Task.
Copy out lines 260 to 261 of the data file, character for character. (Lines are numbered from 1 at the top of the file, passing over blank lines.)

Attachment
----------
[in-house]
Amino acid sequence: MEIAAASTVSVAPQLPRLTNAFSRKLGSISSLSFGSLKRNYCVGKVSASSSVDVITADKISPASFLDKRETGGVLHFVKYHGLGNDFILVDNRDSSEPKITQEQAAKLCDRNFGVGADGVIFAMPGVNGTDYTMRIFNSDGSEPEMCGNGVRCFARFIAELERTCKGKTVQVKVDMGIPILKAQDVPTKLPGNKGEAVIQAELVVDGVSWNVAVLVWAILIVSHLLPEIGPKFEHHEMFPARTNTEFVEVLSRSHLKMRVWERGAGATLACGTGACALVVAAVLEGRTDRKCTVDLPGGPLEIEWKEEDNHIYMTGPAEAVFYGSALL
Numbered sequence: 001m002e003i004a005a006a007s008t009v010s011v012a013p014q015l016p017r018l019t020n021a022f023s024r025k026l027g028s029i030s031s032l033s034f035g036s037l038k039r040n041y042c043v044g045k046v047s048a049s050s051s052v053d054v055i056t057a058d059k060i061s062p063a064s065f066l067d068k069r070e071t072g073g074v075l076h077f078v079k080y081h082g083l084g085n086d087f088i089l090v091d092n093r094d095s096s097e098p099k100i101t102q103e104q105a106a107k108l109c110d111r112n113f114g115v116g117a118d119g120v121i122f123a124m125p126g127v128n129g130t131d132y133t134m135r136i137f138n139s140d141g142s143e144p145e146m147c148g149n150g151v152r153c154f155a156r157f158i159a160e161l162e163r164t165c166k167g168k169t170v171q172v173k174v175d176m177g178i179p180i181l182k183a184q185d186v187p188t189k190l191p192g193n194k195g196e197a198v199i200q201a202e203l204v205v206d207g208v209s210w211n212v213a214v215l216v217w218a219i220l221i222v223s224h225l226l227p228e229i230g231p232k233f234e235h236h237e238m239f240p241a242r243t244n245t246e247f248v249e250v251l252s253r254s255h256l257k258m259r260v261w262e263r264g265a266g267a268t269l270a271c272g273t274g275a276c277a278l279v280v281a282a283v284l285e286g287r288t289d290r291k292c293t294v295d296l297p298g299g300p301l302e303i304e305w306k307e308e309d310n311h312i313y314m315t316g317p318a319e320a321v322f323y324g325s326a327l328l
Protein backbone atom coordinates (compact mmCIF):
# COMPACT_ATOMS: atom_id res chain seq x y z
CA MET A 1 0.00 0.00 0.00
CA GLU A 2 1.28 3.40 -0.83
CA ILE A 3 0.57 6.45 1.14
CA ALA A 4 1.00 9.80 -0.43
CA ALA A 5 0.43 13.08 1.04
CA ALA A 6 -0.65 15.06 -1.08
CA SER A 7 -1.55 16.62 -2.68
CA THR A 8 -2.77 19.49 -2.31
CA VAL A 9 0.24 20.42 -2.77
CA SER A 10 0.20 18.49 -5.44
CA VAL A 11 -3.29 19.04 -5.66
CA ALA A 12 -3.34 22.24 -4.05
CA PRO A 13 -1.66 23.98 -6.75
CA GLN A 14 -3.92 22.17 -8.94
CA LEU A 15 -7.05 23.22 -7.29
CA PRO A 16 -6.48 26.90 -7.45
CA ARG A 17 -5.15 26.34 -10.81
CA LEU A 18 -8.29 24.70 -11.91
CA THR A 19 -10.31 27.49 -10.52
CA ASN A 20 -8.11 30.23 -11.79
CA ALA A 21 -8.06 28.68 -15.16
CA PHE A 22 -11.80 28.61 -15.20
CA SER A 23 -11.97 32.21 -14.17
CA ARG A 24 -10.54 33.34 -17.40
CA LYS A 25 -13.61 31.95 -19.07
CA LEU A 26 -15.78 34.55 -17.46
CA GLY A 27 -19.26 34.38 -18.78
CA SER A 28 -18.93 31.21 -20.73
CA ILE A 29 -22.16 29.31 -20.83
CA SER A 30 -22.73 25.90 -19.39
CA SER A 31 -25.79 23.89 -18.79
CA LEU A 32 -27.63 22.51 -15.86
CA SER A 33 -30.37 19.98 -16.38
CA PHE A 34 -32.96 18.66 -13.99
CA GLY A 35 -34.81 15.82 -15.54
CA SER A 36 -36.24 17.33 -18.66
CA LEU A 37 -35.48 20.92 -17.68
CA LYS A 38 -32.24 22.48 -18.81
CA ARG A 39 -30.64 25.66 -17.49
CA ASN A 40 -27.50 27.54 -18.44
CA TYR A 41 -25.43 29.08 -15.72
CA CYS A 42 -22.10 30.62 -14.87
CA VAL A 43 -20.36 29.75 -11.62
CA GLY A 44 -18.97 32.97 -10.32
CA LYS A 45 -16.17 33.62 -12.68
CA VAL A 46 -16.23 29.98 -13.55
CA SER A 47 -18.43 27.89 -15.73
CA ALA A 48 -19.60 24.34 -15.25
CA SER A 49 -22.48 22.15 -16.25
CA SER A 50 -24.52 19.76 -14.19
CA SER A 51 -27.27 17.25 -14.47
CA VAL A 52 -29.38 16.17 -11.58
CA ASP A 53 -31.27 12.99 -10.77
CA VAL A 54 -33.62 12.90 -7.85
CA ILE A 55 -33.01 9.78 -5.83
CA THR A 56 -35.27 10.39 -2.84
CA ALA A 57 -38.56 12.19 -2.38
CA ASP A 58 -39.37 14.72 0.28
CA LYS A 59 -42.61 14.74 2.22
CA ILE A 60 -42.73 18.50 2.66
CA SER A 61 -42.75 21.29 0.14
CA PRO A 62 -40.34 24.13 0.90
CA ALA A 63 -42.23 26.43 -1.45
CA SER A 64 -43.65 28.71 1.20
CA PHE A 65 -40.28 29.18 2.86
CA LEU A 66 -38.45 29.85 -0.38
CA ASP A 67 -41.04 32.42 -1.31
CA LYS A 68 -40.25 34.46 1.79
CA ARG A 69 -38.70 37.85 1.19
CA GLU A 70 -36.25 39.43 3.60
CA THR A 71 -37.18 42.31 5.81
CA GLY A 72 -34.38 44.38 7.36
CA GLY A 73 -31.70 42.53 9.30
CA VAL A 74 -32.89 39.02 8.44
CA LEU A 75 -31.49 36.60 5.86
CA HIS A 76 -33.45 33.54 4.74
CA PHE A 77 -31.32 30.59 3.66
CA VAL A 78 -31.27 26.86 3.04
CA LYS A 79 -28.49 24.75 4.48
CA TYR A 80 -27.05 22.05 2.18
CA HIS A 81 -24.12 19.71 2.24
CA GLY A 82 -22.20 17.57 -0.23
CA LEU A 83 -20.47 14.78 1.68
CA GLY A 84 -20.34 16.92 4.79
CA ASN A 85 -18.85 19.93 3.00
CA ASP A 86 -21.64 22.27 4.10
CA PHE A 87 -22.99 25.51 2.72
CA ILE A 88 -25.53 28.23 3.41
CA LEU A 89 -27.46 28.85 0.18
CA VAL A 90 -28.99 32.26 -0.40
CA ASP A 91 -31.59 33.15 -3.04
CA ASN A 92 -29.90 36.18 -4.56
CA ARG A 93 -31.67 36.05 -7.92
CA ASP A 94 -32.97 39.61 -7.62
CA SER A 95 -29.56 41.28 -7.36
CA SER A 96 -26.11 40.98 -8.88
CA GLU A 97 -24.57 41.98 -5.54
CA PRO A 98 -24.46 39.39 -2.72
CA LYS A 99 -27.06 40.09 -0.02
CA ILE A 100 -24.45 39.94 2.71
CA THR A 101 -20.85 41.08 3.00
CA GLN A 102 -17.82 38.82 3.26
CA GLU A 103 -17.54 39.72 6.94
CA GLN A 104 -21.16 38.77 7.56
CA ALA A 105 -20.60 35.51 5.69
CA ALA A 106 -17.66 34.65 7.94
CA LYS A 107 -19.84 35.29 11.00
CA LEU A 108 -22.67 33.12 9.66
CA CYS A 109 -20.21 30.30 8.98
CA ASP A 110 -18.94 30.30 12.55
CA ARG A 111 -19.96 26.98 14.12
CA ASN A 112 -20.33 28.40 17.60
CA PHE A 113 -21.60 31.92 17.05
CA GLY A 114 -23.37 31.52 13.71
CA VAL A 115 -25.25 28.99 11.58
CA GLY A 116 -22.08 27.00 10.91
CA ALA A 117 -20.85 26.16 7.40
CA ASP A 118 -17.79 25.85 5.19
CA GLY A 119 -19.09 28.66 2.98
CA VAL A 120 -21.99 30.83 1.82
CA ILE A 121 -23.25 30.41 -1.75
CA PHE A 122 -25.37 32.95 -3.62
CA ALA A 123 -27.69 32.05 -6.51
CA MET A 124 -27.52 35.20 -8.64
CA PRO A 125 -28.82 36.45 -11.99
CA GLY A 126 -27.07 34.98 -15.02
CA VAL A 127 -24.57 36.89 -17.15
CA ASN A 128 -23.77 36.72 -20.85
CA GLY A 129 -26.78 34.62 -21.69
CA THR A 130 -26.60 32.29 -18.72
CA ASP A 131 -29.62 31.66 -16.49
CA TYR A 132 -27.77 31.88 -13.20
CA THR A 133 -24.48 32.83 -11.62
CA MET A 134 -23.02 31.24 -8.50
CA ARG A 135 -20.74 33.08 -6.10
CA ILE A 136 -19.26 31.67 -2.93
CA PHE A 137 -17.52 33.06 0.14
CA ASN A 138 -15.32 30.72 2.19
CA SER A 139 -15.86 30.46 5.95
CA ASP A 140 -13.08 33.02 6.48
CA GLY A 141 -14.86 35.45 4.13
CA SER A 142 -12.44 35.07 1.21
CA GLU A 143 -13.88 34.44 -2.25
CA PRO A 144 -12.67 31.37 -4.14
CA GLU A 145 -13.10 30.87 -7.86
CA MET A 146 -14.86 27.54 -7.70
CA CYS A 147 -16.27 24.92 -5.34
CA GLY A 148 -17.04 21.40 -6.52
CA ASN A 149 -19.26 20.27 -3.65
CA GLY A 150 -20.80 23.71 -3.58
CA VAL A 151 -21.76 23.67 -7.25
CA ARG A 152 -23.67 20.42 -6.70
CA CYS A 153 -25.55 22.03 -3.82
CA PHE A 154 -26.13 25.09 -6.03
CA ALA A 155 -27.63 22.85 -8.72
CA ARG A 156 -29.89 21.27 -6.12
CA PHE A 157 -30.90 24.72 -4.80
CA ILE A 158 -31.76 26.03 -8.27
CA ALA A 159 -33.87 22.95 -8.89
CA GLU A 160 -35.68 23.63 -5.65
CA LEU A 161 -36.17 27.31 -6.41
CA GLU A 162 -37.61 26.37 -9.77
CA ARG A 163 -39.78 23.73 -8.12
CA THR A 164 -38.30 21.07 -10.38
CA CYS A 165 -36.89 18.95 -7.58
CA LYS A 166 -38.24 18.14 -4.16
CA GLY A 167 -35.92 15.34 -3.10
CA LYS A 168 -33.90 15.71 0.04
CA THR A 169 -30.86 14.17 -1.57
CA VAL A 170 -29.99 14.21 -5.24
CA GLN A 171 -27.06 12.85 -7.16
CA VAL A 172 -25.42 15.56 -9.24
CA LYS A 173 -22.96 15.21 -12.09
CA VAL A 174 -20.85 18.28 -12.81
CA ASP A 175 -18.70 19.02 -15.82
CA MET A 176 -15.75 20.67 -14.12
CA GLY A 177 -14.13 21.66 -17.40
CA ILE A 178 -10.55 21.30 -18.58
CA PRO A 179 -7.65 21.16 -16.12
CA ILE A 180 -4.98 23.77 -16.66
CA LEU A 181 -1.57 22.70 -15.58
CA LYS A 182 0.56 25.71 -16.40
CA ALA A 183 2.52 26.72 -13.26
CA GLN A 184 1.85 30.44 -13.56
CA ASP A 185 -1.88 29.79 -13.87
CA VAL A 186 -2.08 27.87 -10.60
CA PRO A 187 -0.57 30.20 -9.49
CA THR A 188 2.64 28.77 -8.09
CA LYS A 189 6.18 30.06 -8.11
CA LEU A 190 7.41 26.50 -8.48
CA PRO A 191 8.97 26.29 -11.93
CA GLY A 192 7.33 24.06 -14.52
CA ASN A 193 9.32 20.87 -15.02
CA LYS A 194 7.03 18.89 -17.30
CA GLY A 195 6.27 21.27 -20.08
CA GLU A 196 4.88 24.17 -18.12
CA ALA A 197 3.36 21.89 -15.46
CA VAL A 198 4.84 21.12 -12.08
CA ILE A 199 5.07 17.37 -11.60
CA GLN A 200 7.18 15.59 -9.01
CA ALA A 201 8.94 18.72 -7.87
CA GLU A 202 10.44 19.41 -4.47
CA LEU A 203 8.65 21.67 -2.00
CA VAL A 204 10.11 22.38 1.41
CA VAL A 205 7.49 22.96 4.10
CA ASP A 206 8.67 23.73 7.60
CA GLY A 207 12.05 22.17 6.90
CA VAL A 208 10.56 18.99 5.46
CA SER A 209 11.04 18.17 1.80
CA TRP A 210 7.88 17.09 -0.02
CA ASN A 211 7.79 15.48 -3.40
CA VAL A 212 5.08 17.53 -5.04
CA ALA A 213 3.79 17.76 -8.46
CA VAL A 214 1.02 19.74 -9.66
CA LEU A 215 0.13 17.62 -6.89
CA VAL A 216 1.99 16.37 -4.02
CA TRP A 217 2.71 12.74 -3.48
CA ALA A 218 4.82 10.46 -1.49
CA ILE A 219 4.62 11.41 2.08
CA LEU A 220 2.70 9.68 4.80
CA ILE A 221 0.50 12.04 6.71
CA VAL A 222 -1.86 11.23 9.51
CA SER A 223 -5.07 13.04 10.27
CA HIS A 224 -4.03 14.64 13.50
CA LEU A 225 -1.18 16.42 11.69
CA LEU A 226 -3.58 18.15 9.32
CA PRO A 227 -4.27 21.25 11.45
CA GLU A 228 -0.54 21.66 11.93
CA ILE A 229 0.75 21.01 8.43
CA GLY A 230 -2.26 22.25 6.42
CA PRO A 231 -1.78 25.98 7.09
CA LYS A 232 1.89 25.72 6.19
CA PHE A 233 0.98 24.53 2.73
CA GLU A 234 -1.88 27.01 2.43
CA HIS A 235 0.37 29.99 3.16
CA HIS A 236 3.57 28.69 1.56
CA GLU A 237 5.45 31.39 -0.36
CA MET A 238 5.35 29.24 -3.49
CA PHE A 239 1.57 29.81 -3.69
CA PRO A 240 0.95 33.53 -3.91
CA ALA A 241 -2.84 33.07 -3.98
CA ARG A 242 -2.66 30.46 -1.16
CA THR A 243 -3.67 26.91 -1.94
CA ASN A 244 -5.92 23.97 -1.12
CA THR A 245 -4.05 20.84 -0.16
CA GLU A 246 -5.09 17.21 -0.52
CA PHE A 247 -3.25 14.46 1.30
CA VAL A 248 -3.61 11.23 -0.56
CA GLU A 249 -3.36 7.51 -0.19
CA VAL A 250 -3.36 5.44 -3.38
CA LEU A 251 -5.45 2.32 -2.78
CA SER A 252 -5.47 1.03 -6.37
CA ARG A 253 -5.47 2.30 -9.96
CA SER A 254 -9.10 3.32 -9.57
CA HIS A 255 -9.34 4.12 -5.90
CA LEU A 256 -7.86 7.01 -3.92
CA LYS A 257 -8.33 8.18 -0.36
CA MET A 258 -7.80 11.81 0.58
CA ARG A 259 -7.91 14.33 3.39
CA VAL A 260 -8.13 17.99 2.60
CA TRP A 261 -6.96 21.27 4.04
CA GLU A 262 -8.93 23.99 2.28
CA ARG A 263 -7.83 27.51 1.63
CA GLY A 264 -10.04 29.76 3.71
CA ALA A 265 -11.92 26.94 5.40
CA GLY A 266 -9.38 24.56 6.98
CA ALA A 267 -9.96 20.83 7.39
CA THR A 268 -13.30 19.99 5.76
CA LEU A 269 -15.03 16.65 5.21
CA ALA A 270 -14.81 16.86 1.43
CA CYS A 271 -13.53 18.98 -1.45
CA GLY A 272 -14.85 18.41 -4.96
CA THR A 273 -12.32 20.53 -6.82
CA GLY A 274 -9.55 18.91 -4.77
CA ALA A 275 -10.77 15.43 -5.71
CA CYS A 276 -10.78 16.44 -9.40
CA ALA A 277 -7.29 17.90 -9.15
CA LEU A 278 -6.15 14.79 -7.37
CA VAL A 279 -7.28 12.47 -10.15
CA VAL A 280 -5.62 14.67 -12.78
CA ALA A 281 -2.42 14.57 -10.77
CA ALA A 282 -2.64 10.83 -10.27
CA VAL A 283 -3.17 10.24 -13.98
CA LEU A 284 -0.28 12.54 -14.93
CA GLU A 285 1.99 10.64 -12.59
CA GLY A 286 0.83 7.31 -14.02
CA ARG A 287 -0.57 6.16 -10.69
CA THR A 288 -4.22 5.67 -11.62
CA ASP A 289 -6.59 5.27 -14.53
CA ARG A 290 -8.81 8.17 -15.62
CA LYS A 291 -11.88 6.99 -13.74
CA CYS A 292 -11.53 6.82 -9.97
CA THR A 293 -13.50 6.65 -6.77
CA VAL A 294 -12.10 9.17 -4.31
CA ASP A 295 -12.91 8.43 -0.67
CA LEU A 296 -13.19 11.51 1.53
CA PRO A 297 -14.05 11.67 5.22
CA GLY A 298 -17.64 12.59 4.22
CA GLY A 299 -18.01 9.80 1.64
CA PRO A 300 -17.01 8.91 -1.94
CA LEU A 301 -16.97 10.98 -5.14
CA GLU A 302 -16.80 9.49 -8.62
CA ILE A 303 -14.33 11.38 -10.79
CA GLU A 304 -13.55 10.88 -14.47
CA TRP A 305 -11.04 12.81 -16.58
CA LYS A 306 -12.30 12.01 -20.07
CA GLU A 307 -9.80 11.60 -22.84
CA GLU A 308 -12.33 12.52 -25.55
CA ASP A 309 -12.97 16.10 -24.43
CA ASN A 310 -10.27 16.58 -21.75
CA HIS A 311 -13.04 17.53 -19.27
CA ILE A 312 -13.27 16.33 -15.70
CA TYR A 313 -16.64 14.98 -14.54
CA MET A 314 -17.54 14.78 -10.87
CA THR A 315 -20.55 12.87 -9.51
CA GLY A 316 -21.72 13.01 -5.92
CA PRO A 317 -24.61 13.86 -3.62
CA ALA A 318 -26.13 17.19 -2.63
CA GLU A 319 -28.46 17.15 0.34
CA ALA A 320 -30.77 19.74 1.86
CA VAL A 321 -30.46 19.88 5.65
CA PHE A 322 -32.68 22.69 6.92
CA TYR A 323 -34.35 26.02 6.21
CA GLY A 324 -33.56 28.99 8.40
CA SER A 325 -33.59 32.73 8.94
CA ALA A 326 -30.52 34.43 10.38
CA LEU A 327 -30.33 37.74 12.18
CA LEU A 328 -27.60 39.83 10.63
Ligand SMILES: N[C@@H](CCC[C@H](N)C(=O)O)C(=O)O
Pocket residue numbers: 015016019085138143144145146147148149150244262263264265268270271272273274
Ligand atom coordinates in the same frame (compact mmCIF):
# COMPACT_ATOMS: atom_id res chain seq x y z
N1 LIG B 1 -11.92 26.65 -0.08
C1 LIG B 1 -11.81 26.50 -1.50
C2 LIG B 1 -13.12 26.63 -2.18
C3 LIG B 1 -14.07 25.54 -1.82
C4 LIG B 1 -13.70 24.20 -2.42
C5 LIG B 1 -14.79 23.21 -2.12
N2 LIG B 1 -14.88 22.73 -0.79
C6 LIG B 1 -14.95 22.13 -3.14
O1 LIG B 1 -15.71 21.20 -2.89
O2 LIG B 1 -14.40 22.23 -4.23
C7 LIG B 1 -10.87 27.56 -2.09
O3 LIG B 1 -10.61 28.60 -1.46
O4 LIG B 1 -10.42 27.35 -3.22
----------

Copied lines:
CA HIS A 255 -9.34 4.12 -5.90
CA LEU A 256 -7.86 7.01 -3.92